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present another boardgame from prolific designer Dirk Henn

HIGH TIDE is a 3-6 player boardgame that takes around 30 minutes to play. The rules are long and seem complicated, when you are listening to someone else reading them out aloud, for a game that is neither long nor complicated. Therefore when getting ready for a session give yourself enough time to familiarise yourselves with the rules and the setup so that after your first (basic) game you will not require the booklet, at least until you start introducing the 4 mini expansions that you will find in the box. 

HIGH TIDE, the basic game, has a clever race mechanism which utilises 18 x D6 dice in 6 colours (3 of each colour) a series of large and small waves coming in towards the Beach and the humourous player components of Deckchairs and Towels. The idea is to move your deckchairs towards the sea line but not to actually touch the water - once a deckchair is hit by a wave the Round ends and all Deckchairs (except the one/s in the water) score points for their owners. It has a minor resemblance and is in the same genre as the old Noris Spiel game of 'Titanic' where the water tiles are added to fill the ship, or the great family game from Waddingtons 'Lost Valley of the Dinosaurs' where the Lava flows down from the mountain and over the land. I like games with this type of erratic timing mechanisms.

Six beach houses on the edge of the sand each have their own private beach in front of them. These have been clearly marked as territories so that only Deckchairs from the owning Beach Hut can be placed on each Hut's sand. There are also lines across the sand that are marked 5, 10 and 15 with gridlines inbetween. Everyone, on their first game, thinks that these are score lines but they are only there to distinguish which Deckchairs are closer to the water - the numbers being guides for quick counting definitely not scores. When a scoring takes place the players whose Deckchair is closest but not in the water gain 4 points, the next get 2 points (that's all the scoring for a 3 player game) there is 1 point for the player in third position only in 4 and 5 player games. Deckchairs left in the Beach Huts score their owners 1 point. If there are Players in tied positions for the points the Deckchair to the furthest Right of the board wins the tie. So there is some luck but it is tempered with a modicum of choice - do you keep what is in front of you or roll again? Dice used whether from the track or just rolled are placed in the paddling pool.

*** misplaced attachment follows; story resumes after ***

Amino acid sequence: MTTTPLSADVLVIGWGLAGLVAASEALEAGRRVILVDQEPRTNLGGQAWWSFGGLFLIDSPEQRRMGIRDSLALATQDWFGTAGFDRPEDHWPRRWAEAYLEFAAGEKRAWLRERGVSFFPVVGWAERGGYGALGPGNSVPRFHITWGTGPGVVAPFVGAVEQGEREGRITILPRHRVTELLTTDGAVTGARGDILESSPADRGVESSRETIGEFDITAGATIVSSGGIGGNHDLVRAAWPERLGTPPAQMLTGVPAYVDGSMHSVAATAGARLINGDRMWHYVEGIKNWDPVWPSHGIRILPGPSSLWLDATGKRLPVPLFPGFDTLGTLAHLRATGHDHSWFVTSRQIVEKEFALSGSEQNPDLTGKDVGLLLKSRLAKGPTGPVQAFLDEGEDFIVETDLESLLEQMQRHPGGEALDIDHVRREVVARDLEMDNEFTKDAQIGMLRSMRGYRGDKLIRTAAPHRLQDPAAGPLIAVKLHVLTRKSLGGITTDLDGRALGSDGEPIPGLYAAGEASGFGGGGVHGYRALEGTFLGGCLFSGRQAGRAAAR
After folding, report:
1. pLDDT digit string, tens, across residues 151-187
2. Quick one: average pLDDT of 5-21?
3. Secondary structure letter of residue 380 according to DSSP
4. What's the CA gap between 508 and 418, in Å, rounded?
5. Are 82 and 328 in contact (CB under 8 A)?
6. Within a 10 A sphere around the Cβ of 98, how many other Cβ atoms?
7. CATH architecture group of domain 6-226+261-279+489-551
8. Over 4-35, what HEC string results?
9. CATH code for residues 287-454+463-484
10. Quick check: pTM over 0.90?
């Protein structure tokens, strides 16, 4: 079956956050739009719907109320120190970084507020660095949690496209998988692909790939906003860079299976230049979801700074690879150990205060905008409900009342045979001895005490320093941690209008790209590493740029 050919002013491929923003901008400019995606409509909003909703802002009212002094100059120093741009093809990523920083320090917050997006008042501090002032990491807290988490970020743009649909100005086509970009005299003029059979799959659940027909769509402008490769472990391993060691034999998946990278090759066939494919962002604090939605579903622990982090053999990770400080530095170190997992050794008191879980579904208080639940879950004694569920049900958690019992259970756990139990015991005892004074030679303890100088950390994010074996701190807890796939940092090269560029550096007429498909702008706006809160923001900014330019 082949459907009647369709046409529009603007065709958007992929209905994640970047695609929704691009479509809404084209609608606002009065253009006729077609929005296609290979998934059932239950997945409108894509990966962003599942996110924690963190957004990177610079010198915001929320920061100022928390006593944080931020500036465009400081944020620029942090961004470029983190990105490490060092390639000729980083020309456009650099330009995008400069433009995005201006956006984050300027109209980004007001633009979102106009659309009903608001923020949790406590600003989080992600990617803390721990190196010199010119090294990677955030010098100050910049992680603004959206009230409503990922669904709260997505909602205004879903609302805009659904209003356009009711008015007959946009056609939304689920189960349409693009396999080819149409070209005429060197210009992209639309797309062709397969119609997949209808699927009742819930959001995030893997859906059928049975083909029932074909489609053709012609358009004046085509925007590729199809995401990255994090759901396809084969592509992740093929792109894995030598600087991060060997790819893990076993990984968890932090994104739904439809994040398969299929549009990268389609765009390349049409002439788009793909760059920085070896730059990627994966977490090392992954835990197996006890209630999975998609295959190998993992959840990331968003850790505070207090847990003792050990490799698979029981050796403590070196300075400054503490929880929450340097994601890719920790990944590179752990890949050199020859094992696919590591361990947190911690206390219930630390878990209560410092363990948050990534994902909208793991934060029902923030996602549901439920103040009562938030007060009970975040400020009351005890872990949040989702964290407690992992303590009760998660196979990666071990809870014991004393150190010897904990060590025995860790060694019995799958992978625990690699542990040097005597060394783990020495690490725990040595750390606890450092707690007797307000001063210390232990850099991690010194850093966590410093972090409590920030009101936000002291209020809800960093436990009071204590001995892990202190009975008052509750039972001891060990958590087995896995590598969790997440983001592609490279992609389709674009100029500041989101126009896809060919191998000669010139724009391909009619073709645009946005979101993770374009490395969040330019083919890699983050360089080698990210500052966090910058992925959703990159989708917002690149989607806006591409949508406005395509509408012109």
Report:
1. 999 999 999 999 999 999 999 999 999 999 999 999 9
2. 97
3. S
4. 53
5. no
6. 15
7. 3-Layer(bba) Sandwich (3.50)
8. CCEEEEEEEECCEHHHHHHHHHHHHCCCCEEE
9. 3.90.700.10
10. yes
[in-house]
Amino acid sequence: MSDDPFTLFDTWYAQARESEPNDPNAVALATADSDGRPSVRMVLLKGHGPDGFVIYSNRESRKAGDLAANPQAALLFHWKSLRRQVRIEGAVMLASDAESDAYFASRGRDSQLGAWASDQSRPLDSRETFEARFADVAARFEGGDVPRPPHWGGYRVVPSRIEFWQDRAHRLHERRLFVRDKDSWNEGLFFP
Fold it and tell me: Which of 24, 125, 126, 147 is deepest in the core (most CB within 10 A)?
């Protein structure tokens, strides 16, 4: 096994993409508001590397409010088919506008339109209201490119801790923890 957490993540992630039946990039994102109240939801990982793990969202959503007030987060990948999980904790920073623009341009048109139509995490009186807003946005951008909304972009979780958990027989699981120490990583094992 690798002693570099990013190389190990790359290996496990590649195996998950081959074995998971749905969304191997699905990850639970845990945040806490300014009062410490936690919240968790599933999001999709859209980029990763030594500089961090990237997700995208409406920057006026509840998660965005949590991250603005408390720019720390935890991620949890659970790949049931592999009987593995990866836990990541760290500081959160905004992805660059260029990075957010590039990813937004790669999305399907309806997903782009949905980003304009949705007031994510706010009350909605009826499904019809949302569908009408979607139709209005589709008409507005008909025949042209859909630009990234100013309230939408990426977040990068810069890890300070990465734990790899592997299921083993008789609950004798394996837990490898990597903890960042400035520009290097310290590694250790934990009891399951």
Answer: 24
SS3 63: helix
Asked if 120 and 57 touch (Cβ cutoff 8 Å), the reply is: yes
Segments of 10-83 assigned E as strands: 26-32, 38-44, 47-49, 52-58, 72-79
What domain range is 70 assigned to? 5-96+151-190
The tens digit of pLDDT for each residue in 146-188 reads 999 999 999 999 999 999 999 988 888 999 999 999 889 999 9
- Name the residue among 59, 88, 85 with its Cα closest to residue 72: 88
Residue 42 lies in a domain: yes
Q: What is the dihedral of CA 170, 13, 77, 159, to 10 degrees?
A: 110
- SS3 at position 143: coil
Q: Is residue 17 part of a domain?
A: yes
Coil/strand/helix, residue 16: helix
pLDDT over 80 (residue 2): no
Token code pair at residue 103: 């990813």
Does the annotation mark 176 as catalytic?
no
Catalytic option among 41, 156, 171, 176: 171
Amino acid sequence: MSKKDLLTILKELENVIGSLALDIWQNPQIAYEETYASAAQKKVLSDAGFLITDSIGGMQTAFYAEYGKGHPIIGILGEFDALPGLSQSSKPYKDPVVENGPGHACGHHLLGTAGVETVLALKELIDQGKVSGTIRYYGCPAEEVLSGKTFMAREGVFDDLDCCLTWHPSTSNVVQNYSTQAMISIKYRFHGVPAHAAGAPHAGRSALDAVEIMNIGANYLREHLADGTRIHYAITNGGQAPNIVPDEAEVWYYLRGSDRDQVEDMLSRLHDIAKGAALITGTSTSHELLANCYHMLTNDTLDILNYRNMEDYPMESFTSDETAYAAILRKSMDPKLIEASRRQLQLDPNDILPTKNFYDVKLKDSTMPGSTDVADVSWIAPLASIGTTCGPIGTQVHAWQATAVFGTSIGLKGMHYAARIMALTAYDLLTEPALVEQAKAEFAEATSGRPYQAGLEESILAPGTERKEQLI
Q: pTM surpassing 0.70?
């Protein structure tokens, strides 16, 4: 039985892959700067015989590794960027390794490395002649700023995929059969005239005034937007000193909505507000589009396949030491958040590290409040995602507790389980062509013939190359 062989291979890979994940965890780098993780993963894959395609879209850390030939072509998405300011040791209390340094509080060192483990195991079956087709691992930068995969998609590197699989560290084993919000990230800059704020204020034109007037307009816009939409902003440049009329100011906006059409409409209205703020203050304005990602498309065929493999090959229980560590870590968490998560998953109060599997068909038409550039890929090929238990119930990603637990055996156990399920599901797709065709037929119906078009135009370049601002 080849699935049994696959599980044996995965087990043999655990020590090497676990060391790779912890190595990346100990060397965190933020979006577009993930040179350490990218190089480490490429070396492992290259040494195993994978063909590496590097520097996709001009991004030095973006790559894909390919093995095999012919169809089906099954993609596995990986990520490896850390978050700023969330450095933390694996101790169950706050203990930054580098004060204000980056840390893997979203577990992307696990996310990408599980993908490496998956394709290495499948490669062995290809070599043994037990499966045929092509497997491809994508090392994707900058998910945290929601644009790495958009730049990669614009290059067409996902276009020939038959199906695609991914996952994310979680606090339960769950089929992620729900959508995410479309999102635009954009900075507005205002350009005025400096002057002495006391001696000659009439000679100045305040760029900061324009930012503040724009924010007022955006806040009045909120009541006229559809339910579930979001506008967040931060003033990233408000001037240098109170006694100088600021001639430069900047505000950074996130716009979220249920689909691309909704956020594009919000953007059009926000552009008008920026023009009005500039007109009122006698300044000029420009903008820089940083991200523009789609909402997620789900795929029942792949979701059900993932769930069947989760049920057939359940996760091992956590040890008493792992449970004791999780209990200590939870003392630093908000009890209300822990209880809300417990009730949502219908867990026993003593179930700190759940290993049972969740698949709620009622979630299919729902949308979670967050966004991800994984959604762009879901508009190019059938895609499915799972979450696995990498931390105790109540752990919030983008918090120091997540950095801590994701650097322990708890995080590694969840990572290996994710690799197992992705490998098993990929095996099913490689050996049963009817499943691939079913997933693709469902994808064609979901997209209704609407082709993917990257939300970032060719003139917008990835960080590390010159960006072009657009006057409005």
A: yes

Players draw 2 dice from the sack where all dice have been placed (in 3 & 4 player games one die of each colour is not placed in the bag and is kept out of the game) and then roll them. The player can accept the result and move their Deckchairs along the track or tracks represented by the colour of the dice or they can place the dice on the topmost unoccupied step of the dice track and take 2 more dice from the bag, roll them and accept the result regardless. That player then moves their Towel onto the first free space of the dice track - Towels determine which player's turn it is.

If there dice on the board already then the next player can use those, rolling one or both depending on their position on the track, or roll 2 more dice from the bag. Wave tiles are added at the end of each round, the size and position determined by the roll of 2 dice, the highest gets the largest wave in its track, the lower value gets the smaller wave - obviously both waves go to the same track if both dice rolled are the same colour. Dice, and Beach Huts are colour matched.